... that my mother and I moved into the only home I've ever known. With a little help from her parents, she scraped together the cash to buy this house outright and cleaned herself out in the process. I was not yet four years old, but I remember the gravel driveway (long since paved) and the bomb site of a back yard that, with years of hard work, love and attention, eventually became the beautiful garden I can see through the window of what is now my office.
I have a lifetime's worth of memories of this place, and all the things my family did within its walls. Now, despite all the changes I've made to turn it into a safe and comfortable place for me to be on my own, it will never feel like home again. Although 'these walls that still surround me, still contain the same old me', the weight of nostalgia and my apparent inability to reconcile the past with the present mean I can't get away from here fast enough.
They, whoever they are, say 'you can't go home again' and they're right. It'll take me at least another year and a half to master the skills I need to live independently but, after that, the sooner this place is sold and bulldozed, the happier I will be. Then I'll have no option but to go forth into the world, create a new self and some new experiences. Dwelling on the old ones has really brought me down, and I don't want to feel that way.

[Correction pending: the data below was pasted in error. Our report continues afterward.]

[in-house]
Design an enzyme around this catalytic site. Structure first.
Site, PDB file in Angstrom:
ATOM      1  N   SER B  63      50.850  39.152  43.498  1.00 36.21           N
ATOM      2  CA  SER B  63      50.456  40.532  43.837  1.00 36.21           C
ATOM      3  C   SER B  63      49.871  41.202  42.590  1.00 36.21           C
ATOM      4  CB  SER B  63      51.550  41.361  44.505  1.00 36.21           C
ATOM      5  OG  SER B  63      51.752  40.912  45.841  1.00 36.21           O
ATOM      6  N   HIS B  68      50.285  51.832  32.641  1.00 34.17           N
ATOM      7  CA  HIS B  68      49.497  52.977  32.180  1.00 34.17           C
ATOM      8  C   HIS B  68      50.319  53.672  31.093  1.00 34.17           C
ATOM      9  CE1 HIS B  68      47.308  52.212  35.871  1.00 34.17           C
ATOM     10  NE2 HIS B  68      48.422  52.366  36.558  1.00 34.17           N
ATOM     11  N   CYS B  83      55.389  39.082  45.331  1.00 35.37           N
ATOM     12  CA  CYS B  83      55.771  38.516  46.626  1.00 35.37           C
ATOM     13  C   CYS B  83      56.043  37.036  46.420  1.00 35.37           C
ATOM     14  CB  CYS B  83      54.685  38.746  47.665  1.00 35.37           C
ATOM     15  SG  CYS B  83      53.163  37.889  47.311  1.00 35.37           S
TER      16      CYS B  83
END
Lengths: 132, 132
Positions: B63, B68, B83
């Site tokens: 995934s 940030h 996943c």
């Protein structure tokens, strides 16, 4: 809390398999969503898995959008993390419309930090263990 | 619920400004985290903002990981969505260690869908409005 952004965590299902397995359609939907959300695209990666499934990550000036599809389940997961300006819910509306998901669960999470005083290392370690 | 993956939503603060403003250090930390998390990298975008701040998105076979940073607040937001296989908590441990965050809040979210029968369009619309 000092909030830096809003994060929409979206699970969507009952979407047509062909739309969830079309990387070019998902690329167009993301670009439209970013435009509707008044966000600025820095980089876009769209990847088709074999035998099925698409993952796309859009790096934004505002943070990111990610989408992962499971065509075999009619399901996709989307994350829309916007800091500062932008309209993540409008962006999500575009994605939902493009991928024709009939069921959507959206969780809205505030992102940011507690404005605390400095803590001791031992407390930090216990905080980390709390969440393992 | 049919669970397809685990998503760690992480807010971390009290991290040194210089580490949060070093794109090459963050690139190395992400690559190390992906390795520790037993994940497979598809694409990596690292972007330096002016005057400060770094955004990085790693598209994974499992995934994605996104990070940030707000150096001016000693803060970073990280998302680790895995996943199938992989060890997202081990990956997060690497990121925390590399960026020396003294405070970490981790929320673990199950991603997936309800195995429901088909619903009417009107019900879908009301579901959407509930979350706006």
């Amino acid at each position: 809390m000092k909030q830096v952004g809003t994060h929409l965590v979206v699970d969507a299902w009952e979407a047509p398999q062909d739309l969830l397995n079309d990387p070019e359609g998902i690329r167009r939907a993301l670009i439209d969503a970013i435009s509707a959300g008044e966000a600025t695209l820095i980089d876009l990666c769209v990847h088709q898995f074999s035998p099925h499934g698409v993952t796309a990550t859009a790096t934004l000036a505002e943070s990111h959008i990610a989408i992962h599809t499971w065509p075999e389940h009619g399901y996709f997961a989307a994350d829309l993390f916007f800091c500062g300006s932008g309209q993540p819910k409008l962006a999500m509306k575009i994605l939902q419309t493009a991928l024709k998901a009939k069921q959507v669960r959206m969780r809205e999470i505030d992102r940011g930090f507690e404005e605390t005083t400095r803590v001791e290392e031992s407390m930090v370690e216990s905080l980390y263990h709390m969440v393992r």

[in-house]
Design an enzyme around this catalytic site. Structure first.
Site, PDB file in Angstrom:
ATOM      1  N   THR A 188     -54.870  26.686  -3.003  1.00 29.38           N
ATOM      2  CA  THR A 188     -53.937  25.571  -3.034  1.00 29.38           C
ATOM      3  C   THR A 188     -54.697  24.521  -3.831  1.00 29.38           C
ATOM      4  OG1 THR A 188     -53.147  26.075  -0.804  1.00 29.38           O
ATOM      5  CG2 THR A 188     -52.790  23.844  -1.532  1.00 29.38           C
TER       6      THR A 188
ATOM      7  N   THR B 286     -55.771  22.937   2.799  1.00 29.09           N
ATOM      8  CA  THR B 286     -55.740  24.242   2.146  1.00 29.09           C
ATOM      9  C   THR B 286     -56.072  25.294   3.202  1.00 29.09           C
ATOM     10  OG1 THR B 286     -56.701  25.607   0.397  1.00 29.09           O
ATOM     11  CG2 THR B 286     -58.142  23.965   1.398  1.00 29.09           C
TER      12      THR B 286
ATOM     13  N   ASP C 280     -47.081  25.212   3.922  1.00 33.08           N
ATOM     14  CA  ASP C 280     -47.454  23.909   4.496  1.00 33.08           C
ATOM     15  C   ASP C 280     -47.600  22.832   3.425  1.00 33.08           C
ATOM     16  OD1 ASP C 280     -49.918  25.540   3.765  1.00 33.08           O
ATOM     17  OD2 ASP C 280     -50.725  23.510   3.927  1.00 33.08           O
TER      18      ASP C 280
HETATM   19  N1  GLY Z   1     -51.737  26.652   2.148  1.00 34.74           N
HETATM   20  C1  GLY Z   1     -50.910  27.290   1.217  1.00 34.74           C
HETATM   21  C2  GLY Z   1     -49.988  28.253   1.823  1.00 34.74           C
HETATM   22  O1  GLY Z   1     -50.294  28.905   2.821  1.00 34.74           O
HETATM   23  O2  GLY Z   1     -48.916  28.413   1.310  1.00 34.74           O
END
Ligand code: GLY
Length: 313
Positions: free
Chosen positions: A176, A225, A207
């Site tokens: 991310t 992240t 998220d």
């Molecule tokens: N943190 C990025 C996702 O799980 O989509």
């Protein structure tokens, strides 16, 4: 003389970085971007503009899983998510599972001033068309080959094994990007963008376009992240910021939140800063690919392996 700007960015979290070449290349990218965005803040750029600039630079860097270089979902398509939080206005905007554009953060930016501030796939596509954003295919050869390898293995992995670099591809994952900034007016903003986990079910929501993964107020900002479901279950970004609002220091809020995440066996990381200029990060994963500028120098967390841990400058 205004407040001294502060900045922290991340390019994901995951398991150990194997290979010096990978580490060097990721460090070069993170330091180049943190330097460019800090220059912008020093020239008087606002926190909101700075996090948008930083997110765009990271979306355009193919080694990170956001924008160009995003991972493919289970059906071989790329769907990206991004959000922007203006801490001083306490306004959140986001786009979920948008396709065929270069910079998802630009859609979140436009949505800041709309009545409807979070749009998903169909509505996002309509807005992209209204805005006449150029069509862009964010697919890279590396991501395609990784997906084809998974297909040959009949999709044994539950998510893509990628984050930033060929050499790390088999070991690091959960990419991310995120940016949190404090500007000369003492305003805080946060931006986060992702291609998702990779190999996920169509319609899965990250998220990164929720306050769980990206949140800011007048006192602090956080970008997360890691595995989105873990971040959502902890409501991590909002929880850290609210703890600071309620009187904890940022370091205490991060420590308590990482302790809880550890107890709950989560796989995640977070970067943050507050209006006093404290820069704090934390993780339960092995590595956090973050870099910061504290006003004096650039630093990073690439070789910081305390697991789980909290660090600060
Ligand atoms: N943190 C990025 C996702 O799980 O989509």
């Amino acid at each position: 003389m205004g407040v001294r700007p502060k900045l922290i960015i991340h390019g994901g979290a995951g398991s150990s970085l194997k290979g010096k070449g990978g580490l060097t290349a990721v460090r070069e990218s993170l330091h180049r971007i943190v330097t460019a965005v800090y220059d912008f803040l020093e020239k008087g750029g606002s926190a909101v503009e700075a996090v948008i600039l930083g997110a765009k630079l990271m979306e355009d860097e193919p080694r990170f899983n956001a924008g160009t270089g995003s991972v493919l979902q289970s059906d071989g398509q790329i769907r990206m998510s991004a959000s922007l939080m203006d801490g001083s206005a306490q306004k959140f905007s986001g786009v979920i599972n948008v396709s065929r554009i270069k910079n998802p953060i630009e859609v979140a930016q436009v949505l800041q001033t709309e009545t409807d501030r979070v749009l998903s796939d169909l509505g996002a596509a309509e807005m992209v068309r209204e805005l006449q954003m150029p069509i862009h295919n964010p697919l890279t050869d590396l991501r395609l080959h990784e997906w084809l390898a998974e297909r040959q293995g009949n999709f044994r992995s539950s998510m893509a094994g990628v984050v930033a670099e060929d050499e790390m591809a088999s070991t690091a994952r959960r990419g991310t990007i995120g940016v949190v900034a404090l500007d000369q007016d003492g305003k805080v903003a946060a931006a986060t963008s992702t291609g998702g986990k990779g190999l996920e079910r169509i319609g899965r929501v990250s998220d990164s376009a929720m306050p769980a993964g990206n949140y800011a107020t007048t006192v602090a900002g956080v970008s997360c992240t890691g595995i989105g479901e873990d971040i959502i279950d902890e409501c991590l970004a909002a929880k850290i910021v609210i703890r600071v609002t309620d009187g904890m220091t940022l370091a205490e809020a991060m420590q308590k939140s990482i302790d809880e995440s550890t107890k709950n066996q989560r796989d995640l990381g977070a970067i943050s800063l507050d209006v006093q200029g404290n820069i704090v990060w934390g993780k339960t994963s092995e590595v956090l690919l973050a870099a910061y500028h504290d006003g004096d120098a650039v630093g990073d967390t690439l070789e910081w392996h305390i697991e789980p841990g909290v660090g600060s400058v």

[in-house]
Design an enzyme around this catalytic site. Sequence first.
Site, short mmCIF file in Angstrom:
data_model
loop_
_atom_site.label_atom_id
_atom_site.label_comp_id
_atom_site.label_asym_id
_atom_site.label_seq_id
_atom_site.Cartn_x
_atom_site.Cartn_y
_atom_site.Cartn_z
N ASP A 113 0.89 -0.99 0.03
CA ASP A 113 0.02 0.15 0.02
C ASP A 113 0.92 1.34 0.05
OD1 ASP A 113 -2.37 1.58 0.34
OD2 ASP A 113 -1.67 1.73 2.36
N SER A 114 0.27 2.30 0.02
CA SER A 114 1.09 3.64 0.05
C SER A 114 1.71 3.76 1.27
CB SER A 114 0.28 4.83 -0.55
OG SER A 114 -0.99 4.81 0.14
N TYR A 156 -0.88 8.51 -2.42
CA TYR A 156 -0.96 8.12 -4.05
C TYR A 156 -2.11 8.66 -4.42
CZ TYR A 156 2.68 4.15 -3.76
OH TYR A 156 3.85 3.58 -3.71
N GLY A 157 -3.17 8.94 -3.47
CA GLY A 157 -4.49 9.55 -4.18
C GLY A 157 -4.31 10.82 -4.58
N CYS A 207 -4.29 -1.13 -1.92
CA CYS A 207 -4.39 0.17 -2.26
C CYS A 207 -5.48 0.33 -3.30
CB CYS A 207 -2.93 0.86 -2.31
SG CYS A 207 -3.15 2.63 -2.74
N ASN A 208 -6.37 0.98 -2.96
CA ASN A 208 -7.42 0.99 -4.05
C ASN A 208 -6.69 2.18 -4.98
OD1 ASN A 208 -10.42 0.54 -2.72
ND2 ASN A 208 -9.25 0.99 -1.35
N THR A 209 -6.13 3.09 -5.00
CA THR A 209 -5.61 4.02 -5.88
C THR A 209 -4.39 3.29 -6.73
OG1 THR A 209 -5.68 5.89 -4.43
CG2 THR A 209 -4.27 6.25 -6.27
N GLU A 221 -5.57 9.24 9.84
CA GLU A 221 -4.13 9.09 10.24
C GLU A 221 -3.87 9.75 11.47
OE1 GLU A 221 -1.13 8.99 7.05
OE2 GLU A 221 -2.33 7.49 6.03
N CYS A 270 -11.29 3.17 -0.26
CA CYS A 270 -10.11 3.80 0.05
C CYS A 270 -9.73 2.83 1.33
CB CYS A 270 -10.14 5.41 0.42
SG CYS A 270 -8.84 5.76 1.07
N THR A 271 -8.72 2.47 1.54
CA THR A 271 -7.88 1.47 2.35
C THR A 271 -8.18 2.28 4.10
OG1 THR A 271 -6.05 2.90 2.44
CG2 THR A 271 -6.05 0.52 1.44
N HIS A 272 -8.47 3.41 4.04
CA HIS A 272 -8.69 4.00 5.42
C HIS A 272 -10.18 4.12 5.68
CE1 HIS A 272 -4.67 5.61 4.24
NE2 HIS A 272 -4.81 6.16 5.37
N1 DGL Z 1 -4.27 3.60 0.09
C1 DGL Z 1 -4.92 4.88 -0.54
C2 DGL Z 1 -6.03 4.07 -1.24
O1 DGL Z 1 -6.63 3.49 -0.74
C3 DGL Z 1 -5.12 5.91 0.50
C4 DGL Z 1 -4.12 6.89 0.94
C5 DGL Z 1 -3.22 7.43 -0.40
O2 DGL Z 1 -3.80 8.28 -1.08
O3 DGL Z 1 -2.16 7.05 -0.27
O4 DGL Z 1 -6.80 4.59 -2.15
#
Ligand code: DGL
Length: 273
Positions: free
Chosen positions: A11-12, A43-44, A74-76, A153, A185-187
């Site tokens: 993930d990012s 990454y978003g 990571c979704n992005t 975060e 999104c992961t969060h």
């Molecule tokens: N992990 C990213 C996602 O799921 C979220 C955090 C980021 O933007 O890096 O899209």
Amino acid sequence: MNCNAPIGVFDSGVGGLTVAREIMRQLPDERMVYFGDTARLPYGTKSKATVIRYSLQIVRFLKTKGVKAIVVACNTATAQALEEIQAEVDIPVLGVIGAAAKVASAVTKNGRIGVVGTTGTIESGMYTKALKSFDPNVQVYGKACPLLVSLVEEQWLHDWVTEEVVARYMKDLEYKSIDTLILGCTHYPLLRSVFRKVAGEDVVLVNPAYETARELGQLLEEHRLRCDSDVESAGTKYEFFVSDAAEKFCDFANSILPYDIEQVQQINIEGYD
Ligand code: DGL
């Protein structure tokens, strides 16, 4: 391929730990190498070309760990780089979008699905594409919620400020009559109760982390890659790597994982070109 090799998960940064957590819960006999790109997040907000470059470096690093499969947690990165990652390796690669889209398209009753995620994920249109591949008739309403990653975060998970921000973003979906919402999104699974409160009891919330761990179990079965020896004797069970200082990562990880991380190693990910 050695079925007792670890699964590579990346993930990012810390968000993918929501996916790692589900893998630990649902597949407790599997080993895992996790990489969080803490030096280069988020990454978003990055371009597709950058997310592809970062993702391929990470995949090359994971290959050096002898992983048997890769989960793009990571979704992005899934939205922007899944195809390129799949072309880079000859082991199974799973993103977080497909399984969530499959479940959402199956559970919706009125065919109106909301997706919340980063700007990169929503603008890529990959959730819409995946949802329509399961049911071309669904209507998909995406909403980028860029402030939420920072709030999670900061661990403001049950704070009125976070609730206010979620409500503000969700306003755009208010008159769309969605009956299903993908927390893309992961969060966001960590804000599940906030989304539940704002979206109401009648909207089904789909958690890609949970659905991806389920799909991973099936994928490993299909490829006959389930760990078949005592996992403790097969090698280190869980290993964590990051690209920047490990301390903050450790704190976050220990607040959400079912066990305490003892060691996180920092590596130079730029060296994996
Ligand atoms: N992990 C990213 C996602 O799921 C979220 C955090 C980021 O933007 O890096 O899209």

If my grand UK escape doesn't work out for whatever reason, I may well return to Australia and build somewhere new (and more accessible) from scratch. New starts can happen anywhere, although remaining Down Under is not my preferred option. I now have the freedom and the resources to chase my dreams without feeling as though I've let Mum down or betrayed her by wanting to be somewhere so far away. She is now further away from me than it's possible for anyone to be, and I often picture her looking down at me with hands on hips and her face set in its habitual 'I've just stepped in dog shit' expression, demanding to know what I've done to her living and dining rooms, why I no longer sleep in my old bedroom and who all these strange women are who turn up every few weeks to keep her little boy company. So it goes.